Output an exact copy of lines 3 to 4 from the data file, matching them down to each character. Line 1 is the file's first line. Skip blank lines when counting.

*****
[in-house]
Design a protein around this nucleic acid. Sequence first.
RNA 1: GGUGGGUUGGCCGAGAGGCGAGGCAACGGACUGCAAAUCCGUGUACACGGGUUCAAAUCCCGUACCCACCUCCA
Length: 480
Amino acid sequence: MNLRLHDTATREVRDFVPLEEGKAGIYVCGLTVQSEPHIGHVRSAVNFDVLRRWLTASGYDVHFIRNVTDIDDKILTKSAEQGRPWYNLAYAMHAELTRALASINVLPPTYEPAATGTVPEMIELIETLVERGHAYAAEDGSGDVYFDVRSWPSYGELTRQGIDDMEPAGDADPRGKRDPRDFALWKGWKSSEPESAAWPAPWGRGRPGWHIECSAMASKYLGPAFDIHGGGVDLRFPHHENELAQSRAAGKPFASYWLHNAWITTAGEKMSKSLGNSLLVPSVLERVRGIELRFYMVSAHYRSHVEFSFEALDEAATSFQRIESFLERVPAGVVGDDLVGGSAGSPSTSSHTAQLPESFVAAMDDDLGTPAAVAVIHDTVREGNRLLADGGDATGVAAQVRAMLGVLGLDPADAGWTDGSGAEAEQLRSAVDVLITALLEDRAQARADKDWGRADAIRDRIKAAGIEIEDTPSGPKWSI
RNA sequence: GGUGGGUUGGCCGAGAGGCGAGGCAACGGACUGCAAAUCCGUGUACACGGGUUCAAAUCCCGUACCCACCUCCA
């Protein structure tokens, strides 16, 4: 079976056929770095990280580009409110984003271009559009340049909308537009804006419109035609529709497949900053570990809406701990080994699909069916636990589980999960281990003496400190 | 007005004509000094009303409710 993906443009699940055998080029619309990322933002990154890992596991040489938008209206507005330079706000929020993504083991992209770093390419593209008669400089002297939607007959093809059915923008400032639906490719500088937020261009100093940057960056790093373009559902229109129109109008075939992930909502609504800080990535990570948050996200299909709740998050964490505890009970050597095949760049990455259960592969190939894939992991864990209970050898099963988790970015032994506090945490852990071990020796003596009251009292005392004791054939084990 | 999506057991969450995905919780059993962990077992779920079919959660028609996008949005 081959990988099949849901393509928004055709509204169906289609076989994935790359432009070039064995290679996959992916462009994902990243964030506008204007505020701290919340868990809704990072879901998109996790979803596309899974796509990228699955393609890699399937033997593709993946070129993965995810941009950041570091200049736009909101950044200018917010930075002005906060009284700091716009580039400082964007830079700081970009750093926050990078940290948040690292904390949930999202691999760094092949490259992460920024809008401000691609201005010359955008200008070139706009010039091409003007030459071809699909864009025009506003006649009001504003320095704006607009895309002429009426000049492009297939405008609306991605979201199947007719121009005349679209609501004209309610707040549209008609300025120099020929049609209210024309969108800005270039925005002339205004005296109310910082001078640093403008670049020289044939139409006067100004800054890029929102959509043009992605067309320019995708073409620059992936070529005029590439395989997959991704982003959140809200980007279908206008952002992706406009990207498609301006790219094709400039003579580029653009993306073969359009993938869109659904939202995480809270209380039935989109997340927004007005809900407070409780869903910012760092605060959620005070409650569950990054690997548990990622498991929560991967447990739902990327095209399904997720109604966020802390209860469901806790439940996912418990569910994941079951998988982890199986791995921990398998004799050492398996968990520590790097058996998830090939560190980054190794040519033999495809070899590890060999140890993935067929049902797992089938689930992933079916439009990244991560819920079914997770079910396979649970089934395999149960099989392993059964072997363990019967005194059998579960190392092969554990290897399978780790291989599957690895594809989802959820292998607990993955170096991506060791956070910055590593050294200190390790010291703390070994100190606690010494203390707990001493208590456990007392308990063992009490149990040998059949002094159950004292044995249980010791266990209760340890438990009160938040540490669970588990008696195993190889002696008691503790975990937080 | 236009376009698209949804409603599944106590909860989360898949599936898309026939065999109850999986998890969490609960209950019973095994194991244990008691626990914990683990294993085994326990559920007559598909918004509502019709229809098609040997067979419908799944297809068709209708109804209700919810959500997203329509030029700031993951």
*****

RNA 1: GGUGGGUUGGCCGAGAGGCGAGGCAACGGACUGCAAAUCCGUGUACACGGGUUCAAAUCCCGUACCCACCUCCA
Length: 480